Shared Care & the child support formula
Child support & Shared Care - overview
Should child support be linked to access?
The "Fair Shares" formula (copy of Hansard)
Issues with the "Shared Care" formula (1998)
Related topic - Case Studies - anomalies in the reformed shared-care formula
Related topic - Letter from Baroness Hollis, minister for child support
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Child support & Shared Care - overview

This article skims the surface - the details are in the linked articles.

"Shared care" versus "shared parenting"

The aim here is to separate these two terms, in order to consider what is relevant to child support and what isn't. There probably isn't a generally agreed definition of either of them, but it is important be reasonably clear here what is being discussed.

Shared parenting covers the whole topic of parenting in the widest sense by both separated parents. So it may (and probably should) including sharing the influence of a child's progress at school, support for hobbies, general emotional support and being "someone to turn to", etc. It typically also covers shared care.

Shared care is used here is a very narrow sense - it refers to each of the separated parents having the children with them part of the time, so that direct expenditure is shared too. In other words, it is the term used when discussing what the child support formula should be. (The term "parent with care" is a financial services term, not a parenting term. "Shared care" in the discussions about the reformed scheme is about adjustments to the formula, not about parental rights & responsibilities).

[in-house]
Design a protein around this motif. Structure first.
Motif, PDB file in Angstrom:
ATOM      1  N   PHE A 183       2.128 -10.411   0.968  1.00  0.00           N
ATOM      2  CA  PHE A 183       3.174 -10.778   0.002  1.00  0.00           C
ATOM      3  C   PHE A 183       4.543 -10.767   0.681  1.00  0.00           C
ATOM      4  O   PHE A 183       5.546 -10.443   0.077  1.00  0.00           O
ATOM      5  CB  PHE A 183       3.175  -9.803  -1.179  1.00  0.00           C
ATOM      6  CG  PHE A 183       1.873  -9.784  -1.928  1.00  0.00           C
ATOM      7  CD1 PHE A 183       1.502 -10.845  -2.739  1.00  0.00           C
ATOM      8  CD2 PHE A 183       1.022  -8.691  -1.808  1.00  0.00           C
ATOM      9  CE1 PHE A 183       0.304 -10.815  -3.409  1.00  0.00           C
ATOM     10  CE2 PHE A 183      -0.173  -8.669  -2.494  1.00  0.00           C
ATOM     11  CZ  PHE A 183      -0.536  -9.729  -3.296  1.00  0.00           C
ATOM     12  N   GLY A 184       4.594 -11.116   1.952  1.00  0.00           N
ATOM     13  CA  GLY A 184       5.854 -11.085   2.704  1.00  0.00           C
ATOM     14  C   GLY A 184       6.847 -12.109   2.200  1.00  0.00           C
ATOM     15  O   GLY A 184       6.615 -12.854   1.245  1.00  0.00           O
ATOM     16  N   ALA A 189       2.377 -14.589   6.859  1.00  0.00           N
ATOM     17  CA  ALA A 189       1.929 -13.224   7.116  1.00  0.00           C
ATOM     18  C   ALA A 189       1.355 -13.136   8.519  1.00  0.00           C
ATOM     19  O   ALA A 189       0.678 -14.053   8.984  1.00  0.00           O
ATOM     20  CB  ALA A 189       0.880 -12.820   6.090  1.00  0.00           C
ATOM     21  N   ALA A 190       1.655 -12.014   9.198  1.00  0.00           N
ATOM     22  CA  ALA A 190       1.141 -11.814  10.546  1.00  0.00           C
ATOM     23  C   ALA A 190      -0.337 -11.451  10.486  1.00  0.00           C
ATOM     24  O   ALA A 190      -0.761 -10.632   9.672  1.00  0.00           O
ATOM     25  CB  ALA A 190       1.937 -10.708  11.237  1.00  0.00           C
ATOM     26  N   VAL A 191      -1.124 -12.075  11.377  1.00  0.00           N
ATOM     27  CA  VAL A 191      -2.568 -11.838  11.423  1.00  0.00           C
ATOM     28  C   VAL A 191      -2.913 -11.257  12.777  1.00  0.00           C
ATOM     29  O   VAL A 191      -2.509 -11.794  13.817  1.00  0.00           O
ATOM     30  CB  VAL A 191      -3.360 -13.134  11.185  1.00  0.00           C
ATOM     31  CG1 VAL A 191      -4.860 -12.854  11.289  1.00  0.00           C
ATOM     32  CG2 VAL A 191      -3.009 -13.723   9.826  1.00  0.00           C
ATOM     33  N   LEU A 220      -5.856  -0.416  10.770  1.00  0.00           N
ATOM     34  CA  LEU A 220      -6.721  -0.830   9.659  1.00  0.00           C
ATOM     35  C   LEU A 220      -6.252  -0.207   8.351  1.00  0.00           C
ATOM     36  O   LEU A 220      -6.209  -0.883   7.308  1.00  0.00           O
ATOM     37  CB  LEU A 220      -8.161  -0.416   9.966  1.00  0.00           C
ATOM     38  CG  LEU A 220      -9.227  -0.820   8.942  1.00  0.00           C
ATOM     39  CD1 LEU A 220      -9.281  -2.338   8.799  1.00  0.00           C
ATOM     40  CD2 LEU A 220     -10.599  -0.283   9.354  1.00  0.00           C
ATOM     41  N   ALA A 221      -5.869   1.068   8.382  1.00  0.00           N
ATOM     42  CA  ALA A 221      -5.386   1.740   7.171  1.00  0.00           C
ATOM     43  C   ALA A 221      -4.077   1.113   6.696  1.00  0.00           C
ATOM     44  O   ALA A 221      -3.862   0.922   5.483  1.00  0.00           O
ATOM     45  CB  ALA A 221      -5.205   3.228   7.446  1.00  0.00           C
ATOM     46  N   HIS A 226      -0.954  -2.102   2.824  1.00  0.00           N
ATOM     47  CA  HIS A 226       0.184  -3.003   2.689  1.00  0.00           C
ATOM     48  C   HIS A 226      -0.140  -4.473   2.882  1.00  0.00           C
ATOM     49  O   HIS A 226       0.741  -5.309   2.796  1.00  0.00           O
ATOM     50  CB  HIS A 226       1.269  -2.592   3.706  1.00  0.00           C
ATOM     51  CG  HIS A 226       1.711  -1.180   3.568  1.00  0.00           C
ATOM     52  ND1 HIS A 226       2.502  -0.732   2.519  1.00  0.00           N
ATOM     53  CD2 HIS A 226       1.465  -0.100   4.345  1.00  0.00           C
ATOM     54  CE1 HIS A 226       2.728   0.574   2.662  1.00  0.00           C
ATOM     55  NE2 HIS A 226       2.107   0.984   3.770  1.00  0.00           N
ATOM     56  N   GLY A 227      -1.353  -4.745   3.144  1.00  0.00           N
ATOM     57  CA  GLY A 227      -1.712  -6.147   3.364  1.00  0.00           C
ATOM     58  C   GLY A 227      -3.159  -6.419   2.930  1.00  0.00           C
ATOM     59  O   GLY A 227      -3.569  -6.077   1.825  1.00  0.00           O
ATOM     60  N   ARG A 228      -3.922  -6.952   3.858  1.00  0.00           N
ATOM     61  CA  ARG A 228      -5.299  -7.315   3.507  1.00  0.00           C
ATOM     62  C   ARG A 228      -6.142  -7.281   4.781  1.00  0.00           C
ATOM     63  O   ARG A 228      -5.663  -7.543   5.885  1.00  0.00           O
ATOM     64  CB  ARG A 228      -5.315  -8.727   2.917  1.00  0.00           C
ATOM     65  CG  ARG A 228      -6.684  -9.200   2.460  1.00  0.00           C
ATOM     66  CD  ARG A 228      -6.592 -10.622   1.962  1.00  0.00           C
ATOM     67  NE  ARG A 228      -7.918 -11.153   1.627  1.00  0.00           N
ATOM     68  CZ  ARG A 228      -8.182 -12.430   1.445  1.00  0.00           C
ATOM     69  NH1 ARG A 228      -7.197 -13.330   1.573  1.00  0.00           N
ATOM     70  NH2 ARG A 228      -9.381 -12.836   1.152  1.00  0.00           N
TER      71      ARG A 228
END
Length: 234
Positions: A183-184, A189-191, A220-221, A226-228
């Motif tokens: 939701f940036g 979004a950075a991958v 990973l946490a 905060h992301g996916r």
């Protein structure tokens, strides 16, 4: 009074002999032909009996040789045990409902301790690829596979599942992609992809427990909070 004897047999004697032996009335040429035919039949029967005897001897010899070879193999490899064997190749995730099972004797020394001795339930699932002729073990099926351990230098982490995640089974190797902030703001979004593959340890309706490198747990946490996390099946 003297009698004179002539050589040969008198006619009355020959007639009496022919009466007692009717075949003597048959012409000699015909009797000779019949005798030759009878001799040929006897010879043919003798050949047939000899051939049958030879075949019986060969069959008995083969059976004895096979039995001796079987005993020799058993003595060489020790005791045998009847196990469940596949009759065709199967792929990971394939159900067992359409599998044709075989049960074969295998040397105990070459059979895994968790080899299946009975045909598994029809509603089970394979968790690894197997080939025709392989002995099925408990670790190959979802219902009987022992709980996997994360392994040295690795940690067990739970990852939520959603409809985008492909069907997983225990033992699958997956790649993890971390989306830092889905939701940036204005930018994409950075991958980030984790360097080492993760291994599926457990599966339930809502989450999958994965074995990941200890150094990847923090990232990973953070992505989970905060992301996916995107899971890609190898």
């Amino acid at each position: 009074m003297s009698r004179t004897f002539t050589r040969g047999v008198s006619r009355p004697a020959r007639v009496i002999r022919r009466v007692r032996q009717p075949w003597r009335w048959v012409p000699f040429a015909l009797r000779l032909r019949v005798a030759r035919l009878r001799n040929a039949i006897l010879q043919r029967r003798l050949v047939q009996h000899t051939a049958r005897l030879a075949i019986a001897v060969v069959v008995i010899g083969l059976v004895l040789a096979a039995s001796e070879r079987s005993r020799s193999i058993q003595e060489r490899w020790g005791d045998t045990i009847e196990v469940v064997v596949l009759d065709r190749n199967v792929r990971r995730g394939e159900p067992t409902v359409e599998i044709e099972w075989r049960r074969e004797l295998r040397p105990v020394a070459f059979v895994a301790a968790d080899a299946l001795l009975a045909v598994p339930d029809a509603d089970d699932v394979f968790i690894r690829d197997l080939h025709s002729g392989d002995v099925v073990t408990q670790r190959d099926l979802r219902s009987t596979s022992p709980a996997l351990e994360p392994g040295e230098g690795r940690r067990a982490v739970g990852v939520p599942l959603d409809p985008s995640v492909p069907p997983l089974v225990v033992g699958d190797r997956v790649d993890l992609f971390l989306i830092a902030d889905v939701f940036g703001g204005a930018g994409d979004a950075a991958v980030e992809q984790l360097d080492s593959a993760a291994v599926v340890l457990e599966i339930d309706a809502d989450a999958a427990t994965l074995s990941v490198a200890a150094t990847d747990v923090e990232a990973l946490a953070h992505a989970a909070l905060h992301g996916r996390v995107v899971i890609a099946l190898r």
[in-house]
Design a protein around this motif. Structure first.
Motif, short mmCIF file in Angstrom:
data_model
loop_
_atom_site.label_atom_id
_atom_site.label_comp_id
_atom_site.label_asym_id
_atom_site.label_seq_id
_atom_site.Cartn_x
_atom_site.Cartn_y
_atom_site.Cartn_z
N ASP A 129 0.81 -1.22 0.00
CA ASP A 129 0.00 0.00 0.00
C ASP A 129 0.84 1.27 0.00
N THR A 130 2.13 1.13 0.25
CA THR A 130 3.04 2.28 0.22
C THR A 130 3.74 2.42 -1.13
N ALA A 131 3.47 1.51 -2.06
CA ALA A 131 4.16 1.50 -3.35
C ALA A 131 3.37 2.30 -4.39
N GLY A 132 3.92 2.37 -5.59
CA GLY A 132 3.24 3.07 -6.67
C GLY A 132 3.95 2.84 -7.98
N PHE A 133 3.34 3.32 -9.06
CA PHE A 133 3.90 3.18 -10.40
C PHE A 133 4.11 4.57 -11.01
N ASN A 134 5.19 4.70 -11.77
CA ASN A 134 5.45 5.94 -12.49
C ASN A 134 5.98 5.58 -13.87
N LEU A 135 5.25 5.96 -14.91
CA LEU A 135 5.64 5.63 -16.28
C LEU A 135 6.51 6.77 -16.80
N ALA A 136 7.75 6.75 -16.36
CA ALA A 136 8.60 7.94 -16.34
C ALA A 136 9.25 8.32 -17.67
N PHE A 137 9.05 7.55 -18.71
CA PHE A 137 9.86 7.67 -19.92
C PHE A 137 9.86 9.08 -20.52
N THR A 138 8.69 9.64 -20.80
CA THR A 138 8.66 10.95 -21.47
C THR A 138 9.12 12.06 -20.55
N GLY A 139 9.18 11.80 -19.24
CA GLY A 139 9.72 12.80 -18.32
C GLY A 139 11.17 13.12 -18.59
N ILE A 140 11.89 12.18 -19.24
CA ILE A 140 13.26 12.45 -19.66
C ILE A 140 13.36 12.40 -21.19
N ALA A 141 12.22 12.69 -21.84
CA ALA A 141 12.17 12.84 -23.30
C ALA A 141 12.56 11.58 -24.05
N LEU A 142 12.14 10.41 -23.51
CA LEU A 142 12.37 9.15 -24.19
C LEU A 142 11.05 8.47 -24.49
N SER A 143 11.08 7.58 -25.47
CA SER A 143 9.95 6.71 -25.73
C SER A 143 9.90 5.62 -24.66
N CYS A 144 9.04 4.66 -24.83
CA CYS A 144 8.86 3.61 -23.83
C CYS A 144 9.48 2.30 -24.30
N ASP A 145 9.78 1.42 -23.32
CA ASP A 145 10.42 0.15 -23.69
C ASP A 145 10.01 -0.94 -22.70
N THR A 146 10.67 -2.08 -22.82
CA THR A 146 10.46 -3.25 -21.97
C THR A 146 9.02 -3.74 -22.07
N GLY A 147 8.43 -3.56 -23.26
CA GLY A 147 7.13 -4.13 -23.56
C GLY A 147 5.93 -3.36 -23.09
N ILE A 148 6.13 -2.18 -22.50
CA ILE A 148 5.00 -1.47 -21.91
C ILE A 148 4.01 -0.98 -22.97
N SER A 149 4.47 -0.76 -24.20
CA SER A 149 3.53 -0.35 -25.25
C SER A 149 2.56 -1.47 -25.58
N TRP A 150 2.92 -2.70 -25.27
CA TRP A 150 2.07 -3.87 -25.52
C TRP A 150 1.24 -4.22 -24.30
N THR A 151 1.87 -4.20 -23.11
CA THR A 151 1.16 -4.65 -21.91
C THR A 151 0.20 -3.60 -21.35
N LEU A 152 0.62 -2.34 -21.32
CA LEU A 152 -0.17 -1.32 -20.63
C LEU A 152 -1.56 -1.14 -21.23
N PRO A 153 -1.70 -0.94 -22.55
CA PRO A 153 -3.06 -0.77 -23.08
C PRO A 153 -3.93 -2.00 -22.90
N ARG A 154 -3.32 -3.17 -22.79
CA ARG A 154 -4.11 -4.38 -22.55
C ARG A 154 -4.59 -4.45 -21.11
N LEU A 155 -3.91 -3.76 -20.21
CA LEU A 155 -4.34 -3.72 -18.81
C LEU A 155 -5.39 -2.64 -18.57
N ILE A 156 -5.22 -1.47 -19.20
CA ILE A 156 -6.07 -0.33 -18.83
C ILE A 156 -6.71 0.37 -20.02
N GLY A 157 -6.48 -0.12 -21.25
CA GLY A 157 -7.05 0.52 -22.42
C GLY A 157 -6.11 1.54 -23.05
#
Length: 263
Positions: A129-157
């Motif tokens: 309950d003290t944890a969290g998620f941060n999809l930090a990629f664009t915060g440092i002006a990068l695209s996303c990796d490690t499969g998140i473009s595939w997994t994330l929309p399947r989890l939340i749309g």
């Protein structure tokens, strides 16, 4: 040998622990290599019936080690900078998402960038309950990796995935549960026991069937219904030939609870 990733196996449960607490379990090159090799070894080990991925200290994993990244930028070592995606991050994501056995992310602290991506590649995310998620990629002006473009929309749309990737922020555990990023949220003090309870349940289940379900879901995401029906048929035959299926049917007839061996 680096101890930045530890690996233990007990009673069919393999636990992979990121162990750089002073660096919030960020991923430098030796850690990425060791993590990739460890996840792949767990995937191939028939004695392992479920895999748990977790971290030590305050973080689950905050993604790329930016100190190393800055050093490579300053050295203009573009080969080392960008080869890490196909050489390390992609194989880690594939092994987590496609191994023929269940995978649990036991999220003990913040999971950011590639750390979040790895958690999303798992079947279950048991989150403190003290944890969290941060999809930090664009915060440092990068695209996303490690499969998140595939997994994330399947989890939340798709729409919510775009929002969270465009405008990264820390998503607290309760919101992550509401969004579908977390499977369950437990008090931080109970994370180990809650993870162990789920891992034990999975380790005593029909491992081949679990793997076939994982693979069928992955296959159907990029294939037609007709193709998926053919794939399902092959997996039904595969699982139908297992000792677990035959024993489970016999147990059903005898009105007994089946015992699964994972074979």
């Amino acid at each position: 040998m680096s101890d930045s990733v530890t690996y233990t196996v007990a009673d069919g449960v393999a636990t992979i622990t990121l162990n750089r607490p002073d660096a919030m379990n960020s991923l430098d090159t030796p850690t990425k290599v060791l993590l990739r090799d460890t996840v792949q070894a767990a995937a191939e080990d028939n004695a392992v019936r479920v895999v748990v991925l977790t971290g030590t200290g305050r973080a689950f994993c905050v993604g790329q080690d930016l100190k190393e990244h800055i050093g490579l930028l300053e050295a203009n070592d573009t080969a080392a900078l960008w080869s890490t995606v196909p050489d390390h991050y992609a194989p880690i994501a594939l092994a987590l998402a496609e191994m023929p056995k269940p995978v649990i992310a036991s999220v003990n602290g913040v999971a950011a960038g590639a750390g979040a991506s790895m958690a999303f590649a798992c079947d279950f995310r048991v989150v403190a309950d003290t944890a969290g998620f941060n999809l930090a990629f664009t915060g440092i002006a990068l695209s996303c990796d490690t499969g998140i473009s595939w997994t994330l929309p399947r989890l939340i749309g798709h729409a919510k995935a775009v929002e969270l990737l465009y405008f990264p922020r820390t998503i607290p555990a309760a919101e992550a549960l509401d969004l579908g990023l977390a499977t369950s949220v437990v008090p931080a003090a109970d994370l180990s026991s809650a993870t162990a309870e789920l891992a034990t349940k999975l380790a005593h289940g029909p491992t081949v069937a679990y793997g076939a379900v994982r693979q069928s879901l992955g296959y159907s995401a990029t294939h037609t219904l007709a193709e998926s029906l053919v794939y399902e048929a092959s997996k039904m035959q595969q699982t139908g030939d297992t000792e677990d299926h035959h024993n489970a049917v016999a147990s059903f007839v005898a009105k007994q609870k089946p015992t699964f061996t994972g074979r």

Shared parenting

Although this is an important topic, it is not directly within the scope of this web site. The references below identify some resources covering this topic.

It is probably fair to say that the UK is poorly placed in terms of the law, skills, biases, and various cultural factors, to support shared parenting. But if this were improved, it would have a major benefit when implementing child support "downstream", both because the emotional issues would be less, and because shared care would increase.

This topic is not discussed much more here, because it is out of scope and because other places discuss it with much more authority, not because it isn't important. It is worth making the point that the bias in the UK towards mothers being the primary "caring parent" after separation isn't entirely because of the biological differences between mothers & fathers. The numbers are different in other countries, suggesting that there are political or legal or socio-cultural aspects which could be changed more easily than changing human biology! See the reference on the difference in the proportion of custodial fathers in the USA compared with the UK.

What relevance is shared care to child support?

Simple - it really falls out of the definition (see above) of what shared care means in general discussions about child support. Child support is about separated parents paying for the upbringing of their children, and this payment can be direct (because they have the child with them) or indirect (typically via the other parent).